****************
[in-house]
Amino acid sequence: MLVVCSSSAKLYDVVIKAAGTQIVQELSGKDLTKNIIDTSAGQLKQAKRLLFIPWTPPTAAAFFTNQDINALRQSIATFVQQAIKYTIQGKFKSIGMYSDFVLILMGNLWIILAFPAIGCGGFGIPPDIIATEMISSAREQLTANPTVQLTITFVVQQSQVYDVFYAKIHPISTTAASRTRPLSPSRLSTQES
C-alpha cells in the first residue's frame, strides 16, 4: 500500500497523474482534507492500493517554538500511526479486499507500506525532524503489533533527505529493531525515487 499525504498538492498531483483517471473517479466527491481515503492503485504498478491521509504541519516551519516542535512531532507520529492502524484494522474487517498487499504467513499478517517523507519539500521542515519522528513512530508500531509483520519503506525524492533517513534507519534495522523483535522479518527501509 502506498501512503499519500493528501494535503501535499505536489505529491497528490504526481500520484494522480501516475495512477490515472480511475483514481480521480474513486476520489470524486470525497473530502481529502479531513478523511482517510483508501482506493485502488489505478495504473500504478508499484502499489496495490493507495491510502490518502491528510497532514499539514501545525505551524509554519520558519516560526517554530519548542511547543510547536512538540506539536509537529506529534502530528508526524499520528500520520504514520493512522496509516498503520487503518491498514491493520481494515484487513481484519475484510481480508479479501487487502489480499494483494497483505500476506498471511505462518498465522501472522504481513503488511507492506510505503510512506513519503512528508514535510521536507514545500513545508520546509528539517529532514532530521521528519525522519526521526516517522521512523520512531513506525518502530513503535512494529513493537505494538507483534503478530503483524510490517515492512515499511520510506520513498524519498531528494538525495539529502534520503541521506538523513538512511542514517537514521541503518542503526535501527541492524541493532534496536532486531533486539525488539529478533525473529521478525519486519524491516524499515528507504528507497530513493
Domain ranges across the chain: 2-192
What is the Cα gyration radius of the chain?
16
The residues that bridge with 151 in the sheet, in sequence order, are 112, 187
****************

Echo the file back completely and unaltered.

[in-house]
Amino acid sequence: MLVVCSSSAKLYDVVIKAAGTQIVQELSGKDLTKNIIDTSAGQLKQAKRLLFIPWTPPTAAAFFTNQDINALRQSIATFVQQAIKYTIQGKFKSIGMYSDFVLILMGNLWIILAFPAIGCGGFGIPPDIIATEMISSAREQLTANPTVQLTITFVVQQSQVYDVFYAKIHPISTTAASRTRPLSPSRLSTQES
C-alpha cells in the first residue's frame, strides 16, 4: 500500500497523474482534507492500493517554538500511526479486499507500506525532524503489533533527505529493531525515487 499525504498538492498531483483517471473517479466527491481515503492503485504498478491521509504541519516551519516542535512531532507520529492502524484494522474487517498487499504467513499478517517523507519539500521542515519522528513512530508500531509483520519503506525524492533517513534507519534495522523483535522479518527501509 502506498501512503499519500493528501494535503501535499505536489505529491497528490504526481500520484494522480501516475495512477490515472480511475483514481480521480474513486476520489470524486470525497473530502481529502479531513478523511482517510483508501482506493485502488489505478495504473500504478508499484502499489496495490493507495491510502490518502491528510497532514499539514501545525505551524509554519520558519516560526517554530519548542511547543510547536512538540506539536509537529506529534502530528508526524499520528500520520504514520493512522496509516498503520487503518491498514491493520481494515484487513481484519475484510481480508479479501487487502489480499494483494497483505500476506498471511505462518498465522501472522504481513503488511507492506510505503510512506513519503512528508514535510521536507514545500513545508520546509528539517529532514532530521521528519525522519526521526516517522521512523520512531513506525518502530513503535512494529513493537505494538507483534503478530503483524510490517515492512515499511520510506520513498524519498531528494538525495539529502534520503541521506538523513538512511542514517537514521541503518542503526535501527541492524541493532534496536532486531533486539525488539529478533525473529521478525519486519524491516524499515528507504528507497530513493
Domain ranges across the chain: 2-192
What is the Cα gyration radius of the chain?
16
The residues that bridge with 151 in the sheet, in sequence order, are 112, 187